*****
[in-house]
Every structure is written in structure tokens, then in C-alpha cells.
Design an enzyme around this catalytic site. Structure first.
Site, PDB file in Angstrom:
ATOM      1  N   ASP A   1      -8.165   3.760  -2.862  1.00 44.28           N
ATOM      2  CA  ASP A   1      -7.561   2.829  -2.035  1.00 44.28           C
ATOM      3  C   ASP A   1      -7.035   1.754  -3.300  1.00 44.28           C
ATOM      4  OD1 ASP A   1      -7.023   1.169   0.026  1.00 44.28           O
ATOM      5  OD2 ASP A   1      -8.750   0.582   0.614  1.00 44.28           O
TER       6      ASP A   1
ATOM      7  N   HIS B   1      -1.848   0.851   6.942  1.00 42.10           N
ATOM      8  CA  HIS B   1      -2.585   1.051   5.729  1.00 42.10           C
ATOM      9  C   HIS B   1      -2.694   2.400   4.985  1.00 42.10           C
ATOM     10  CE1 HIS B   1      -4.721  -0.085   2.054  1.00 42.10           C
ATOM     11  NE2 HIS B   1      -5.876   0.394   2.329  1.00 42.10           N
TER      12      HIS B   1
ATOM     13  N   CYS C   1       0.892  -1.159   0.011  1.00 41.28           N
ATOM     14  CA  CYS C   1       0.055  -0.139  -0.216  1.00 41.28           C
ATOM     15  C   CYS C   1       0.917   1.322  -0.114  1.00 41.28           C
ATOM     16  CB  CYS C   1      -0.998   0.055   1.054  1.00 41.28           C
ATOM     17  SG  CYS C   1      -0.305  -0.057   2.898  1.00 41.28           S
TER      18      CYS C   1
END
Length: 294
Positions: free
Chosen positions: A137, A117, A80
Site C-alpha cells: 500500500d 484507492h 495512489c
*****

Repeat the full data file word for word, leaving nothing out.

[in-house]
Every structure is written in structure tokens, then in C-alpha cells.
Design an enzyme around this catalytic site. Structure first.
Site, PDB file in Angstrom:
ATOM      1  N   ASP A   1      -8.165   3.760  -2.862  1.00 44.28           N
ATOM      2  CA  ASP A   1      -7.561   2.829  -2.035  1.00 44.28           C
ATOM      3  C   ASP A   1      -7.035   1.754  -3.300  1.00 44.28           C
ATOM      4  OD1 ASP A   1      -7.023   1.169   0.026  1.00 44.28           O
ATOM      5  OD2 ASP A   1      -8.750   0.582   0.614  1.00 44.28           O
TER       6      ASP A   1
ATOM      7  N   HIS B   1      -1.848   0.851   6.942  1.00 42.10           N
ATOM      8  CA  HIS B   1      -2.585   1.051   5.729  1.00 42.10           C
ATOM      9  C   HIS B   1      -2.694   2.400   4.985  1.00 42.10           C
ATOM     10  CE1 HIS B   1      -4.721  -0.085   2.054  1.00 42.10           C
ATOM     11  NE2 HIS B   1      -5.876   0.394   2.329  1.00 42.10           N
TER      12      HIS B   1
ATOM     13  N   CYS C   1       0.892  -1.159   0.011  1.00 41.28           N
ATOM     14  CA  CYS C   1       0.055  -0.139  -0.216  1.00 41.28           C
ATOM     15  C   CYS C   1       0.917   1.322  -0.114  1.00 41.28           C
ATOM     16  CB  CYS C   1      -0.998   0.055   1.054  1.00 41.28           C
ATOM     17  SG  CYS C   1      -0.305  -0.057   2.898  1.00 41.28           S
TER      18      CYS C   1
END
Length: 294
Positions: free
Chosen positions: A137, A117, A80
Site C-alpha cells: 500500500d 484507492h 495512489c